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Customer Service in the News | Week of November 12th

  • In-store customer service a crucial component of driving consumer holiday shopping behavior [DSN]
  • Best Western tops UK customer service for the travel industry [Travel Weekly]
  • Businesses should have customer service focus that is more than just short-term [B2C Community]
  • Customers expect greater service in social media channels [Time]

Getting Personal with Customers

A recent CEB Iconoculture observation highlighted the Fairmont Hotel’s Presidents Club rewards program for their personalized treatment. Upon enrollment, club members select their preferred amenities, services, interests, and regions from a list.

Fairmont puts this list to use by personalizing their President’s Club rewards with travel preferences, passion points, and interests, thereby providing a unique experience that feels more personal and exclusive for the recipient. The tailored approach gives the customer confidence that they have not wasted their time or money with a brand that does not appreciate them.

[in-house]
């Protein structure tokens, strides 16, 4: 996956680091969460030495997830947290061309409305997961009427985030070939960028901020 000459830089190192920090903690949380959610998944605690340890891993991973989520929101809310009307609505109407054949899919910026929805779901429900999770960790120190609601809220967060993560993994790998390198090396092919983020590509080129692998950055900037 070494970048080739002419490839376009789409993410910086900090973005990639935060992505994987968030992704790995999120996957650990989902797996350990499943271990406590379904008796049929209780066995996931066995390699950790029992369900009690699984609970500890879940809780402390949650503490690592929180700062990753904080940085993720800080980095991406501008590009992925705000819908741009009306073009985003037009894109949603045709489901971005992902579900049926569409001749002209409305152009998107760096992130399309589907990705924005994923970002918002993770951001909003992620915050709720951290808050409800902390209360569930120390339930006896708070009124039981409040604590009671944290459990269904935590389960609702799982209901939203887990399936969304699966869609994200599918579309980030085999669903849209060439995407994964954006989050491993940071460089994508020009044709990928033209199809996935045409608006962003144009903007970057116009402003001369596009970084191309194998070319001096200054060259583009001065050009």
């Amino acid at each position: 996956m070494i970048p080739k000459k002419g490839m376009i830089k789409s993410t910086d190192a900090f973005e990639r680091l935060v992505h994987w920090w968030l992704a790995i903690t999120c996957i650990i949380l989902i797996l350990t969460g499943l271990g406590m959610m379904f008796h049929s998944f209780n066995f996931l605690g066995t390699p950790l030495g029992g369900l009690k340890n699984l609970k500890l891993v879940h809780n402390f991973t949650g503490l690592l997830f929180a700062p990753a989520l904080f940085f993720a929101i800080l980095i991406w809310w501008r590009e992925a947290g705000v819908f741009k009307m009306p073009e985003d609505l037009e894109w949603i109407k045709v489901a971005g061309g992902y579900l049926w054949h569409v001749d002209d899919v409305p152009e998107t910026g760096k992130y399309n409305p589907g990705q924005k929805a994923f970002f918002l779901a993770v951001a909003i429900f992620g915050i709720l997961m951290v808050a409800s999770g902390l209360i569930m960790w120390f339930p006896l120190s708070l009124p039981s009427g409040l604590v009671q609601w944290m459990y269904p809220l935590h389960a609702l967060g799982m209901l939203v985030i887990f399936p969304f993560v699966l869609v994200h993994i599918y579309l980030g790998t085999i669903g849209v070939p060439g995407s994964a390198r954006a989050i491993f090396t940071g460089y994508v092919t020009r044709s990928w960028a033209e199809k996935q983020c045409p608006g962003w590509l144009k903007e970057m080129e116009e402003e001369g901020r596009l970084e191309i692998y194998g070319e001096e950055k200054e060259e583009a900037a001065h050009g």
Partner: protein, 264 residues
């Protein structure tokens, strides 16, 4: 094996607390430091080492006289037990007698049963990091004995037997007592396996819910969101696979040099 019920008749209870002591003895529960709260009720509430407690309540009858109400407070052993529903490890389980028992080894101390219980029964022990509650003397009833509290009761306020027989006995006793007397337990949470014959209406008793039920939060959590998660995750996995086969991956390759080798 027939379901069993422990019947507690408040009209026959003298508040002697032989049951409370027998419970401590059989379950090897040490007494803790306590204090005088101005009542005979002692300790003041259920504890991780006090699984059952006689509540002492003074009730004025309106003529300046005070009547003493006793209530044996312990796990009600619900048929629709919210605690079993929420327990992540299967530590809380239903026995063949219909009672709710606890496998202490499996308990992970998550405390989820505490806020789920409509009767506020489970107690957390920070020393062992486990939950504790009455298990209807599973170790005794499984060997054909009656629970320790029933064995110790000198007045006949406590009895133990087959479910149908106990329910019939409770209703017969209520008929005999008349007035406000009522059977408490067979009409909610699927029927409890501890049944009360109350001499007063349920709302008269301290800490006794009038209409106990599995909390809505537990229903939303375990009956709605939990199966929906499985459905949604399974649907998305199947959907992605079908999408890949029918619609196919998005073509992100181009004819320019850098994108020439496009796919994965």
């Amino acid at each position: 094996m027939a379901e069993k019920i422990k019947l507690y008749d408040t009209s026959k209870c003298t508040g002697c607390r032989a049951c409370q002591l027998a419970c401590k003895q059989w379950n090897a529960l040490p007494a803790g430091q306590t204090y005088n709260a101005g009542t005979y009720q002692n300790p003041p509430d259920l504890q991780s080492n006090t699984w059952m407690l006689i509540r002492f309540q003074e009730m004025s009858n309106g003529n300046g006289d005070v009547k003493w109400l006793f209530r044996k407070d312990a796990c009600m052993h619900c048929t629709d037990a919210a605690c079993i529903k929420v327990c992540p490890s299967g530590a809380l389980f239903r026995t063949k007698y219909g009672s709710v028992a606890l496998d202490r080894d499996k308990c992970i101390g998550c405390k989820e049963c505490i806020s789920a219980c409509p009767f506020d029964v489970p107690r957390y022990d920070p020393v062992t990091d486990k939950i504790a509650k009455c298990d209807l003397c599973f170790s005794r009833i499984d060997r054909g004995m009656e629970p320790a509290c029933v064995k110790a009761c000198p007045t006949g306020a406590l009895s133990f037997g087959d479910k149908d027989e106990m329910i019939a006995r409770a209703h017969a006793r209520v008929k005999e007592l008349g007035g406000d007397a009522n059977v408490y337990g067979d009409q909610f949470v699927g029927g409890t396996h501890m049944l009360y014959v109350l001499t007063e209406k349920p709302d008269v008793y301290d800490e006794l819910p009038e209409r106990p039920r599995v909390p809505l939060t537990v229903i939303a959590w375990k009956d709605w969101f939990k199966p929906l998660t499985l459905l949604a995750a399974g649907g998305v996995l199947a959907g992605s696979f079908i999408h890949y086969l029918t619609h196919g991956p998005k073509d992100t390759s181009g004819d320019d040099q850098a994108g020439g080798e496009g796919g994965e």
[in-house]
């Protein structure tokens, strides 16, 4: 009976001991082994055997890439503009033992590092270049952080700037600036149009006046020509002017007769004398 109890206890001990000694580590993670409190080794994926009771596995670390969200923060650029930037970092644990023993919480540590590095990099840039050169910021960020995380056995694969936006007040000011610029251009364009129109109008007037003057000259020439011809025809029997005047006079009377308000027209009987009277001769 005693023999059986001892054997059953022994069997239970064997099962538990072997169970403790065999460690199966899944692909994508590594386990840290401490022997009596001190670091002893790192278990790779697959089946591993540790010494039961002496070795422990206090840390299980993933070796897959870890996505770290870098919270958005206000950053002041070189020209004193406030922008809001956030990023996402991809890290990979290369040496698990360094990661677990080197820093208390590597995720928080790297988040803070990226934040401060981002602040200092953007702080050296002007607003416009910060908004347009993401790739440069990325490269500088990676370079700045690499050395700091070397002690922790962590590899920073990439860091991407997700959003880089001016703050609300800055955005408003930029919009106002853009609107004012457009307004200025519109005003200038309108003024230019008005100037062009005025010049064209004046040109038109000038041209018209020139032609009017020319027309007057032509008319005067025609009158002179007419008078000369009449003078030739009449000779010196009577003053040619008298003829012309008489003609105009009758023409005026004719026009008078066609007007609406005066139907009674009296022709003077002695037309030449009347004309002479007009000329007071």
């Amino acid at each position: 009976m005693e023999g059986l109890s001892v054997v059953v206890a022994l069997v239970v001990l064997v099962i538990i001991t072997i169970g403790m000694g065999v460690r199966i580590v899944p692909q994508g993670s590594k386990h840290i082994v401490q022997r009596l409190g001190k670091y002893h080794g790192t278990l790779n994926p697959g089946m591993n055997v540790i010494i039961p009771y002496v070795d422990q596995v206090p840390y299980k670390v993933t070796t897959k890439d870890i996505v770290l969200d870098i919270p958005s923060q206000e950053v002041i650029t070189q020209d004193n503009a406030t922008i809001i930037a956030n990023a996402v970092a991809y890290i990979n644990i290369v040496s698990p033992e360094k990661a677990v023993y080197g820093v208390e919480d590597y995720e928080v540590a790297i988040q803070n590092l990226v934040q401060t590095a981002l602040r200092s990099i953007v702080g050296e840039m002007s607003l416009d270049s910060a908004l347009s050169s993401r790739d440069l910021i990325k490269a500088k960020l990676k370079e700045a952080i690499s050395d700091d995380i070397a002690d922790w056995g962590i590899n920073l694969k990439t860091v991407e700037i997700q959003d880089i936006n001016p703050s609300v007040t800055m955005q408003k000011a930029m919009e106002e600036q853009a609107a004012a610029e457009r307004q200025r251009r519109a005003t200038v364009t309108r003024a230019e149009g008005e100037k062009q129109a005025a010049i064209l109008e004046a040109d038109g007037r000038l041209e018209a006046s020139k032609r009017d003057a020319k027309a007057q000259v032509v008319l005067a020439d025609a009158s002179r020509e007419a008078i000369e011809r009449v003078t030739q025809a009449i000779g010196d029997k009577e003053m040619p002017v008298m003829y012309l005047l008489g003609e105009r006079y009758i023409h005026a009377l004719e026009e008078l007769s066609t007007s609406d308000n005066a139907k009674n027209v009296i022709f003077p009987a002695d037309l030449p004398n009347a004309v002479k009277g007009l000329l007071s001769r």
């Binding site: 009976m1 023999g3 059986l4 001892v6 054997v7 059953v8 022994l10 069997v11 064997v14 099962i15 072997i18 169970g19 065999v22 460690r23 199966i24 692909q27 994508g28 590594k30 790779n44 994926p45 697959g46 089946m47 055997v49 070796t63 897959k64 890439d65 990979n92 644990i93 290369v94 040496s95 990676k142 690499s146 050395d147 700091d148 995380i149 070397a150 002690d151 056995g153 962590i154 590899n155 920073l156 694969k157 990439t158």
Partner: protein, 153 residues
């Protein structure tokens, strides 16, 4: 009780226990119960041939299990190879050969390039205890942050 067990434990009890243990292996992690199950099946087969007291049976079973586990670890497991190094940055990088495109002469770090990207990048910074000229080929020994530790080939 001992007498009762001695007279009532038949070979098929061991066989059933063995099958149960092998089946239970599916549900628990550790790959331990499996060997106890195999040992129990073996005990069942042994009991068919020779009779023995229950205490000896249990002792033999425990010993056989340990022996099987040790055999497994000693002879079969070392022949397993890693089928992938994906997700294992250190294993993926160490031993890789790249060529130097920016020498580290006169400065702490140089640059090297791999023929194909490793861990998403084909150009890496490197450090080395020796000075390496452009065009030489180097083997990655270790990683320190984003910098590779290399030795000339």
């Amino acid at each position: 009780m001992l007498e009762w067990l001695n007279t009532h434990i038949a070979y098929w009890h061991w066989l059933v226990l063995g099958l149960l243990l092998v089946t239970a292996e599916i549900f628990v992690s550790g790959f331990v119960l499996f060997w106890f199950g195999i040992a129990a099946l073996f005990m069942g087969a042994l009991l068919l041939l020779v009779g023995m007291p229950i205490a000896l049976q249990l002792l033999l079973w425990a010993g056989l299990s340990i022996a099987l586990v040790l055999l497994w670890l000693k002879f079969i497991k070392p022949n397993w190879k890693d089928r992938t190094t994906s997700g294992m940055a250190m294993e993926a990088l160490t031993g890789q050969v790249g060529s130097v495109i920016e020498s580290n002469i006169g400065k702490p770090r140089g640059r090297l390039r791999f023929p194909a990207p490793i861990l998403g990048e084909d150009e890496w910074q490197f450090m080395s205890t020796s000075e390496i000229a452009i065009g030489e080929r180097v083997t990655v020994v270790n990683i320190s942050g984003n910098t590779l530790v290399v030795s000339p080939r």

An alternative benefit of the custom-made approach is showcasing the brand’s potential and available services. This value-added perspective provides insight into the possibilities for service organizations to follow a similar formula, especially in preparation for the upcoming holiday season.

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My Supervisor Knows My Development Areas: Agree or Disagree?

Posted on  7 November 12  by 

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One of the most popular diagnostic tools available through CCC membership is our Coaching Pulse Survey, which helps member companies gauge the effectiveness of the current coaching taking place within their service and support organizations. Using this tool, companies can:

  • measure the overall coaching culture